MEDIA STATEMENT: Renovate for reality, not reality TV: expert warns renovators risk overcapitalising if they follow the reality TV lead
Wacky wallpaper. Feature walls. Wacky wallpaper on feature walls. While necessary to dazzle celebrity judges and keep viewers tuning in, an expert warns that for average mum and dad property owners, renovating to include these creative flourishes is more likely to decrease the asking price of a typical property.
“While the glut of reality programs has seen a steady increase in renovating generally, deferring to trending styles that are at best ‘quirky’ and at worst just plain ugly is likely to not only inflate the cost of the renovation, but also significantly limit buyer interest in the property,” housing affordability commentator Ian Ugarte said.
“Property owners expect their investments to appreciate over time, and the best chance they have of making this happen is to ensure any planned makeovers are done to a realistic budget in terms of projected return, and use styles and finishes that are likely to appeal to the majority of buyers.
“The last thing you want to do is limit or restrict your buyer base by introducing features like curved walls and floating beds that might have personal appeal, but are likely to alienate a chunk of possible buyers and potentially blow out your renovation budget in the process,” the Small is the New Big co-founder said.
According to Ugarte, this is just one of five tips that budding renovators should observe to safeguard against overcapitalising when taking on any sort of renovation in the real world, rather than the reality TV world. Renovations undertaken to manufacture growth in the property should keep the following tips in mind:
- Study the sold prices in the area – which are factual (not the ‘for sale’ prices which are a wish)
- Research existing and planned infrastructure in the area
- Crunch the numbers, create a budget and stick to it
- Be realistic on how much growth is possible
To get a better handle on the value of a property in an area, Ugarte recommends researching the sold prices for similar properties instead of the listed prices in the ‘for sale’ section.
“For a more accurate understanding of a property’s value, budding renovators should study the sold prices of comparable properties via their preferred real estate site, since that’s where the ‘reality’ occurs.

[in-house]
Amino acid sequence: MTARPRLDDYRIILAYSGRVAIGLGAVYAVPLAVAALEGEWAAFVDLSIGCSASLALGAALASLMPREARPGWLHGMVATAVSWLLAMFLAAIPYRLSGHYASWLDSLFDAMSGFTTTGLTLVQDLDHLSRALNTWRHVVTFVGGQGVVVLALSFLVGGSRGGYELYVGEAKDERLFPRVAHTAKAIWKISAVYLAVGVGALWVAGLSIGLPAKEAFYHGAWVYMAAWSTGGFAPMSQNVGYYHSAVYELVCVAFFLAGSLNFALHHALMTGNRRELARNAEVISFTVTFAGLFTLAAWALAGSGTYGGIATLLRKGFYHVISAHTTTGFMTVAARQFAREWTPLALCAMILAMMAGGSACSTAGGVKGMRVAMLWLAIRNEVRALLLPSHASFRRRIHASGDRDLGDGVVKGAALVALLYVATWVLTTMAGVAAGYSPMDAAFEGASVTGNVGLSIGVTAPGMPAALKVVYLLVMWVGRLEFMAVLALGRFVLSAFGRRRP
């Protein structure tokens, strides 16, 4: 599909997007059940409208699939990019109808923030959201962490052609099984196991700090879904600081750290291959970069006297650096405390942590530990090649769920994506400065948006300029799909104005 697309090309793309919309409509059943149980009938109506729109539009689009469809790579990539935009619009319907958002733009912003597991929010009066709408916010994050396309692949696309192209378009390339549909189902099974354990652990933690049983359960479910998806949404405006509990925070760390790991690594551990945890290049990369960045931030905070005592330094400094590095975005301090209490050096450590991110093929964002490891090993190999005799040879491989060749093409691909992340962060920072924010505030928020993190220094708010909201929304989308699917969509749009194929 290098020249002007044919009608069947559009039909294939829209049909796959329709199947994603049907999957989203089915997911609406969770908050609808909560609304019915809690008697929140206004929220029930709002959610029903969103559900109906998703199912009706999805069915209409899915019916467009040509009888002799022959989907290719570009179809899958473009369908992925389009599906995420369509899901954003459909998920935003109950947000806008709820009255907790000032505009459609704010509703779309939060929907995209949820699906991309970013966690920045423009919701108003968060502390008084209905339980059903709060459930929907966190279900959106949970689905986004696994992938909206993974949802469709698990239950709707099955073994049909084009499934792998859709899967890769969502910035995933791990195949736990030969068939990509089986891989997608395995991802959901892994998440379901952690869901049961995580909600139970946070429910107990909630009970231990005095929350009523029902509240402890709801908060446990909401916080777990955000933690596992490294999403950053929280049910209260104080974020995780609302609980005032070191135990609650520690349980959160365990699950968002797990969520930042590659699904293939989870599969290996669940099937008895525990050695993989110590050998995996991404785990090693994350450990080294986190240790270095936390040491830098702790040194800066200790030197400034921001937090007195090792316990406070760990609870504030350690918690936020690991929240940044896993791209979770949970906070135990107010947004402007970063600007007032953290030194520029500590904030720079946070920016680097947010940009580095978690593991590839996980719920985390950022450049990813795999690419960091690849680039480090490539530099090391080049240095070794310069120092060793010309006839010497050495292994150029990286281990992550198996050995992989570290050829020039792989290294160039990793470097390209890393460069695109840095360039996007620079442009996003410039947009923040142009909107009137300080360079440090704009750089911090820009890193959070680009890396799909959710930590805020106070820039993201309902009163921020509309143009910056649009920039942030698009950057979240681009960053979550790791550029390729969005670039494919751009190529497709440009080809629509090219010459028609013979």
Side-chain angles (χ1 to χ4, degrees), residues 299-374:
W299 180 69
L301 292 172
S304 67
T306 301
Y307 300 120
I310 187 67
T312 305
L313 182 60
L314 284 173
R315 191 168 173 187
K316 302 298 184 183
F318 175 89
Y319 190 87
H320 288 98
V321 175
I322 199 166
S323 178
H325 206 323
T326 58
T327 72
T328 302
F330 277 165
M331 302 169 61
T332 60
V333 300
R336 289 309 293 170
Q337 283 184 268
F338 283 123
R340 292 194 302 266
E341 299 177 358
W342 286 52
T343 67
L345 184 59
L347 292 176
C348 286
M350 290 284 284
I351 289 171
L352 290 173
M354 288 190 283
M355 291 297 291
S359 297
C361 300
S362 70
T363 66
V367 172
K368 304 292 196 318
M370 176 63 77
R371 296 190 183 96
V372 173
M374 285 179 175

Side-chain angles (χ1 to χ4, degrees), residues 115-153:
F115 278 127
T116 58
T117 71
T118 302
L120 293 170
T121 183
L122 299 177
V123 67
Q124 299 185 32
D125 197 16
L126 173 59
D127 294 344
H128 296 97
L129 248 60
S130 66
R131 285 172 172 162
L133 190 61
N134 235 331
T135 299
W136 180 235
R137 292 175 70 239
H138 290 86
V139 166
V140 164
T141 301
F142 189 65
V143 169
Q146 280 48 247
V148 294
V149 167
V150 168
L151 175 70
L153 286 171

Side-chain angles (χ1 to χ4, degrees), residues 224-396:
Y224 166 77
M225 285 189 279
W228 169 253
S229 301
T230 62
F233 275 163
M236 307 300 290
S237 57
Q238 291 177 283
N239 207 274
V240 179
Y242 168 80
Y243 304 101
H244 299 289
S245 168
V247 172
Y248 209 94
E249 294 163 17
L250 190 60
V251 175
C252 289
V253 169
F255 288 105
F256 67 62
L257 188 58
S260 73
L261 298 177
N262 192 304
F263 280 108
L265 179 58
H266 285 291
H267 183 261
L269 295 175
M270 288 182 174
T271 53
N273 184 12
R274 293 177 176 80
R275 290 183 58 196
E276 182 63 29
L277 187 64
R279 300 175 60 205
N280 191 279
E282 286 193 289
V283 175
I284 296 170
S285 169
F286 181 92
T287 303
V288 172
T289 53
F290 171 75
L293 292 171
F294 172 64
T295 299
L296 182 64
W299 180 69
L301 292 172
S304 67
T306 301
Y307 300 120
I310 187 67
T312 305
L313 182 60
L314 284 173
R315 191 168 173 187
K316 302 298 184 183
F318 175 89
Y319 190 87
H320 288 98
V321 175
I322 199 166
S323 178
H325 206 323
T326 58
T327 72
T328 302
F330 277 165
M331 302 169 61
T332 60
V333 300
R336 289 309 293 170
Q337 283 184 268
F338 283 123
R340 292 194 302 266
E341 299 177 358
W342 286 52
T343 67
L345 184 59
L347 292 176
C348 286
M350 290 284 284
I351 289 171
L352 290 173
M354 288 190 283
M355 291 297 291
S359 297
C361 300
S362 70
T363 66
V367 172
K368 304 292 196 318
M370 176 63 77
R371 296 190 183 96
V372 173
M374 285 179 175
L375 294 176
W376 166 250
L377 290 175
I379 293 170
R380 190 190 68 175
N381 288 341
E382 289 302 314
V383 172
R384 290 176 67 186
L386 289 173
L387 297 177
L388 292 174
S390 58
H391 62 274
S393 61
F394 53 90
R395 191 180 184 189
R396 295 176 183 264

“Not only that, it’s important to understand why the property is valued at that price by taking into account the key features that might have increased (or decreased) demand for the property – for example, did it have a spacious kitchen or provide off-street parking,” he said.
Ugarte believes this approach helps property owners better understand what their property is worth and how much they will need to spend on a renovation to generate the desired uplift in value once it’s done.
“Keep in mind that if you are planning on renovating, you’re going to want to make a minimum of 20 – 25 percent uplift on your manufactured growth strategy.
“In simple terms, that’s like having a property valued at $500,000 and spending $80,000 on a renovation in the expectation that it will be worth about $645,000 once it’s completed,” he said.
Ugarte also recommends researching the local Council website to determine if any infrastructure – like roads, hospitals and supermarkets – is being planned for the area.
“It’s definitely worthwhile knowing what’s in the works, since that is a good reflection of the projected growth in the area.
“Once you’ve done this, you’re well positioned to carry out a reverse feasibility assessment to determine what you’ll need to spend, before embarking on any major renovation.
“Like any form of investment, a renovation should be about making a profit – not just breaking even, or worse, losing money – and by carrying out this requisite research you’re best placed to ensure you’re not left short-changed once it’s done,” he said.